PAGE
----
"Priests and Prophets”: An Appreciation

One of the great thinkers of late 19th/early 20th century Zionism was Asher Ginsberg (1856-1927), better known by his pen name, Ahad Ha’Am (“one of the nation”). Primarily an essayist who championed the proposition that the movement of return to Zion must begin with a revitalization of Jewish culture, Ahad Ha’Am profoundly influenced such younger Zionists as Chaim Nachman Bialik and Chaim Weizmann. Born in the Ukraine, Ahad Ha’Am relocated to London to serve as agent of the Wissotzky Tea Company and, eventually, settled in Tel Aviv. 

Among his many essays, Ahad Ha’Am published a piece titled “Priest and Prophet” (Kohen ve-Navi). In it, he describes two types of leaders. Of the prophet, he writes: “a certain moral idea fills his whole being;…it engrosses his attention.” As to the priest, “The priest desires to perpetuate it (the idea) but…takes a wider view of the relation between the idea and the facts of life. Not what ought to be, but what can be, is what he seeks.” 

As Pesach approaches, and we reflect on the narrative of the exodus from Egypt, Moses and Aaron come to mind as archetypes of these dual and sometimes complementary roles. At the same time, I cannot but think, in this connection, about the extraordinary leadership of heads of Jewish schools and teachers throughout greater Los Angeles, in these weeks before Pesach. Confronted with a need to thoroughly reimagine how instruction is offered and student learning facilitated, school personnel have functioned as both prophet and priest, maintaining a clear focus on educational outcomes while effectively relating to altered facts on the ground.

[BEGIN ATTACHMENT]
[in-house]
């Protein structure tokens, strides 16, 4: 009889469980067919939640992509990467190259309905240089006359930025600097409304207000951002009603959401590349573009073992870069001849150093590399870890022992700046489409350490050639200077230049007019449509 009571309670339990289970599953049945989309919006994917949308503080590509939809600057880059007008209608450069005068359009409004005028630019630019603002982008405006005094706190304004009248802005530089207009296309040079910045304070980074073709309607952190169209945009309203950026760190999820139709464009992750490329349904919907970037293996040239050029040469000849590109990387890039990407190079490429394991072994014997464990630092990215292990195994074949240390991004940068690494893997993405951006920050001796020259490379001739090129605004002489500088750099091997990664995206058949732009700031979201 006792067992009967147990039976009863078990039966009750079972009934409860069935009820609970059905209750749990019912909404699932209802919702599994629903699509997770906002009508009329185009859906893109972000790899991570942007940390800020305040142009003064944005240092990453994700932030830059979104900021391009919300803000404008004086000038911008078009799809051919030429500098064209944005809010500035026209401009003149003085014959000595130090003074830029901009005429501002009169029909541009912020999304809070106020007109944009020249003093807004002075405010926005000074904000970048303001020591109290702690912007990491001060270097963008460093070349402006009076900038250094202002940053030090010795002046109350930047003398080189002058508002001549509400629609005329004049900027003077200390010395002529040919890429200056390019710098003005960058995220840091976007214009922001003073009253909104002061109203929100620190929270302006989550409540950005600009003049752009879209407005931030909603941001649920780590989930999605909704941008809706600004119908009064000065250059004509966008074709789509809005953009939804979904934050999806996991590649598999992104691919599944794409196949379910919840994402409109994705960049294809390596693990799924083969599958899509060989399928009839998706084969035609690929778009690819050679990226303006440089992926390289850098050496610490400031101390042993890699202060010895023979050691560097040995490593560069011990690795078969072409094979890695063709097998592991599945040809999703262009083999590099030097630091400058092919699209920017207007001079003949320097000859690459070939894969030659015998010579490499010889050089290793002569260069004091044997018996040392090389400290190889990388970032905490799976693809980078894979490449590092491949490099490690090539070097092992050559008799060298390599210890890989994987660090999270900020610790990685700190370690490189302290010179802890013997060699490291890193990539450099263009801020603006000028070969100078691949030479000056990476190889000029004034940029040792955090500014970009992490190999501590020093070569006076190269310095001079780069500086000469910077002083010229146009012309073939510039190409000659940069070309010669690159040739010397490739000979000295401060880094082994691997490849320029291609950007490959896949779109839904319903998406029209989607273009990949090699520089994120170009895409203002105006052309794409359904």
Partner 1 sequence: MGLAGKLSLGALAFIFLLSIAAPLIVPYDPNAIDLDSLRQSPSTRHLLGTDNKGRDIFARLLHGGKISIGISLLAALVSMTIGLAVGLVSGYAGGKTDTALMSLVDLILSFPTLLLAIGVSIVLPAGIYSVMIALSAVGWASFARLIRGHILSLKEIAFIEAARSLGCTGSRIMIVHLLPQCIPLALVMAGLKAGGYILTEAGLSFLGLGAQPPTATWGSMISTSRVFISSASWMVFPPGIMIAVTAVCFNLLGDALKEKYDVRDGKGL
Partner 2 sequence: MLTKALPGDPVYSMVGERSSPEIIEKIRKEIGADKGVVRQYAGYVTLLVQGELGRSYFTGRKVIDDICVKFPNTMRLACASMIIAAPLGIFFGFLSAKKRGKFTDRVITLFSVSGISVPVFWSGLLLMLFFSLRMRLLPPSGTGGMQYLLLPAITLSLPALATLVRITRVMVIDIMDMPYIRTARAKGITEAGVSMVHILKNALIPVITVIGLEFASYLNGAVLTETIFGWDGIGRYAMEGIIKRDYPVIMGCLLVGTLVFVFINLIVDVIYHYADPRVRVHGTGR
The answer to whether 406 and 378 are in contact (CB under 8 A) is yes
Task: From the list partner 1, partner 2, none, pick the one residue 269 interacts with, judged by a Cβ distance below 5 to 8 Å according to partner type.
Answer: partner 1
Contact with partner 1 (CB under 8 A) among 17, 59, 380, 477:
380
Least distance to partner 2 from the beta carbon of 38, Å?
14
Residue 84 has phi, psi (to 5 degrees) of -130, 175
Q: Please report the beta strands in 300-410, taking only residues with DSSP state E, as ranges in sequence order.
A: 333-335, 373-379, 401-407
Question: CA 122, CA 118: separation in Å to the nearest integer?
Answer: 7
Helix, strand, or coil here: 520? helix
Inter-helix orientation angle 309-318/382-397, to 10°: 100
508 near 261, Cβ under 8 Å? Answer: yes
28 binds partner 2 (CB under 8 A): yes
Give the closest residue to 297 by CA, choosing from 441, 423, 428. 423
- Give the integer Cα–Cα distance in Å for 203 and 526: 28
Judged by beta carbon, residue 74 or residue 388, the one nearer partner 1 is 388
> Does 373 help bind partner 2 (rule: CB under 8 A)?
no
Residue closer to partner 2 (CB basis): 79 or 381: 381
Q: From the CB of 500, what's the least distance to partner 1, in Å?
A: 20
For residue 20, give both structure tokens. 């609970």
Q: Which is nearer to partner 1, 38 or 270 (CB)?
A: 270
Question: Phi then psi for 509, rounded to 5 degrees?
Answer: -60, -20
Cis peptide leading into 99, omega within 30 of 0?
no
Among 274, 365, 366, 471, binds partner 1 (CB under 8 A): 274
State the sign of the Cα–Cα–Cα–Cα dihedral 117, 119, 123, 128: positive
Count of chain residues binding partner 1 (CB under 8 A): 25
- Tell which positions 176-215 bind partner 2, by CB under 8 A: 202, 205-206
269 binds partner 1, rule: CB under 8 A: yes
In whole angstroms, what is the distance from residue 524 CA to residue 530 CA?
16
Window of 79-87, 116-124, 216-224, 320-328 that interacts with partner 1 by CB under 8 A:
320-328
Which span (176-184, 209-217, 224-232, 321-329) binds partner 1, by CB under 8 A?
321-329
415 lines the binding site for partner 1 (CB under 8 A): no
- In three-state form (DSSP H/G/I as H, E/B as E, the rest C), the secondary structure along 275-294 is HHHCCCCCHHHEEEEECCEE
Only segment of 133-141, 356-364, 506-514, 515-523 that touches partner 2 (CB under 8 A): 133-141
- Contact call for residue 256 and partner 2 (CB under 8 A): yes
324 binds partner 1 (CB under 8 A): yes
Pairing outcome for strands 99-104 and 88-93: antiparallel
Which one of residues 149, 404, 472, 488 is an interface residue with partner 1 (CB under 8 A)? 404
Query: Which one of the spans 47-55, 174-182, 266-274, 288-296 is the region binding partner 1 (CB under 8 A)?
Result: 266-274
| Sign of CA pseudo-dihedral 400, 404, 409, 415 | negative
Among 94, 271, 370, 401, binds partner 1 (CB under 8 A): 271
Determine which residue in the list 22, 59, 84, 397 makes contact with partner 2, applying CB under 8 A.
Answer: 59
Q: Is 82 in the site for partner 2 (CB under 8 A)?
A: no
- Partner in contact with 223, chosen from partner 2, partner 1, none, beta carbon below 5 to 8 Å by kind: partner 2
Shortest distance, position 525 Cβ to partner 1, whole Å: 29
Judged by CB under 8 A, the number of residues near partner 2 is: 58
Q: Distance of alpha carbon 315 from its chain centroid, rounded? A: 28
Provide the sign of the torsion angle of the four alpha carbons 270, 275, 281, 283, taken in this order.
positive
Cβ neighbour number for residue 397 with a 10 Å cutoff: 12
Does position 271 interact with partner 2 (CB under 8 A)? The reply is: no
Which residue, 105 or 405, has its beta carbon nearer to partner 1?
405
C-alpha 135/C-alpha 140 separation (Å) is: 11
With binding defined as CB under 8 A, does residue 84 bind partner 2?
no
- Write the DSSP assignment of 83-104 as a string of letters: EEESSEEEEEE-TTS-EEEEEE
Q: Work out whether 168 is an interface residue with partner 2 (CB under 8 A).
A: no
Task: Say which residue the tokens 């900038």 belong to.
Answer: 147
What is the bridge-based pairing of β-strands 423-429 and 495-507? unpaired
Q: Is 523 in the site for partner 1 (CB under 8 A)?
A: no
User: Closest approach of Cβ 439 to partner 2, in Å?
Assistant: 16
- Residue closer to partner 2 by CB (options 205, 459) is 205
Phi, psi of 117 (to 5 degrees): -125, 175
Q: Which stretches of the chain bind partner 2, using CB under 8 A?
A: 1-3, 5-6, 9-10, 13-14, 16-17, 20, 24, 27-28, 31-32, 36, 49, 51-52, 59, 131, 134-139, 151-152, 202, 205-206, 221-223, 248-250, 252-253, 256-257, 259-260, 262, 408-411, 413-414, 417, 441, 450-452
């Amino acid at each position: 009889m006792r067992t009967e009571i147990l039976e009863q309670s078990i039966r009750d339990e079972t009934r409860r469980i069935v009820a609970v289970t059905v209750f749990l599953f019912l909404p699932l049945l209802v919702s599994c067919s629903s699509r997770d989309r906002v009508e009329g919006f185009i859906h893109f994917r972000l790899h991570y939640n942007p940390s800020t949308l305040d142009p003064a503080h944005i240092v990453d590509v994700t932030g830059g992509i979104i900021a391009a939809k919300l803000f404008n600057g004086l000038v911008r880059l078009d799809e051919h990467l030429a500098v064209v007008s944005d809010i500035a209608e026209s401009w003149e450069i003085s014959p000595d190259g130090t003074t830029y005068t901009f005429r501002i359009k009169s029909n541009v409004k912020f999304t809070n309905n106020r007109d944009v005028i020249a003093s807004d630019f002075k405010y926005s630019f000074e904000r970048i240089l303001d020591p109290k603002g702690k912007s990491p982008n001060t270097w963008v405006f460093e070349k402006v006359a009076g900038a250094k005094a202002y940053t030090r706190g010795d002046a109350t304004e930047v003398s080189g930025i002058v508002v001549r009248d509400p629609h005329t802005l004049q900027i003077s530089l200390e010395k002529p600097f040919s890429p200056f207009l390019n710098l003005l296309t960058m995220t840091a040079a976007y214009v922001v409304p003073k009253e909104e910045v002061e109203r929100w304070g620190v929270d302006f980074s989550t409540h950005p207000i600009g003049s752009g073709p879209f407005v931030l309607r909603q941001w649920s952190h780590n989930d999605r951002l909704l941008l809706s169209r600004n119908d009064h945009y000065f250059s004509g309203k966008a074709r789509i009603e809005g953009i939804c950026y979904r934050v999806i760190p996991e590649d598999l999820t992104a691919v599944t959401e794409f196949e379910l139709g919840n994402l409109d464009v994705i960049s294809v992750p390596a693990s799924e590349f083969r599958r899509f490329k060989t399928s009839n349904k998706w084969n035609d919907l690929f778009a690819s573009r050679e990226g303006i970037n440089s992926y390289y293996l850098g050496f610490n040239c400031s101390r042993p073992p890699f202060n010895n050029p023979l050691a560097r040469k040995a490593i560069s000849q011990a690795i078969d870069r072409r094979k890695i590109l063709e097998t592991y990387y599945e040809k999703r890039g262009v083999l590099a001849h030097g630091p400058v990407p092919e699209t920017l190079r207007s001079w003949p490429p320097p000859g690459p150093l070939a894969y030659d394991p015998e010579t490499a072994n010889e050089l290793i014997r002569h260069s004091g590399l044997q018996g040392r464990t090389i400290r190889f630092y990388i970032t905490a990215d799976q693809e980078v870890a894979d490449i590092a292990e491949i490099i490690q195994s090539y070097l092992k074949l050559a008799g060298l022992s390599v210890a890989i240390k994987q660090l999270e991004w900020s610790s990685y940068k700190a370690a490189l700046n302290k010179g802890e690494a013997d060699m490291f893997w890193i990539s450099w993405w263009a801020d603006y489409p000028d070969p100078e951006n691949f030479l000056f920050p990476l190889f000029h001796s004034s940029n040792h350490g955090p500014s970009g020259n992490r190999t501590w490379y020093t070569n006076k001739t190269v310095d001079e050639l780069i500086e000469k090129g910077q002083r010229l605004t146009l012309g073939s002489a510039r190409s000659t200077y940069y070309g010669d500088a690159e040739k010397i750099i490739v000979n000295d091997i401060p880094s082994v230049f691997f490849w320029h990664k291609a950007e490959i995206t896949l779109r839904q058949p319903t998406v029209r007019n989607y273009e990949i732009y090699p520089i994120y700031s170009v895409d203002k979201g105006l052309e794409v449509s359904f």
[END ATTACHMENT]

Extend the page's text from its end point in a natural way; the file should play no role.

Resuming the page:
Pesach is largely about education; it is, also, about gratitude. The instruction to “tell your child” is given expression in the haggadah (“telling”) that we recount and experience at the seder. In the course of that narrative, we express gratitude for redemption from slavery and additional gifts that we enjoy (this is the theme, for example of “dayyeinu”).

The weeks leading to Pesach have presented unanticipated challenges to parents and families. Throughout these weeks, educators – while negotiating the same challenges in their own households – have been deeply invested in ensuring that the learning needs of children at Jewish schools are well served. They will use “spring break” to prepare for the weeks ahead. We cannot know when more conventional educational patterns will resume. ”In every generation,” though, and, especially during difficult times, we are fortunate for the enduring partnership of parents and teachers in the education of our children.


Dr. Gil Graff is the Executive Director of BJE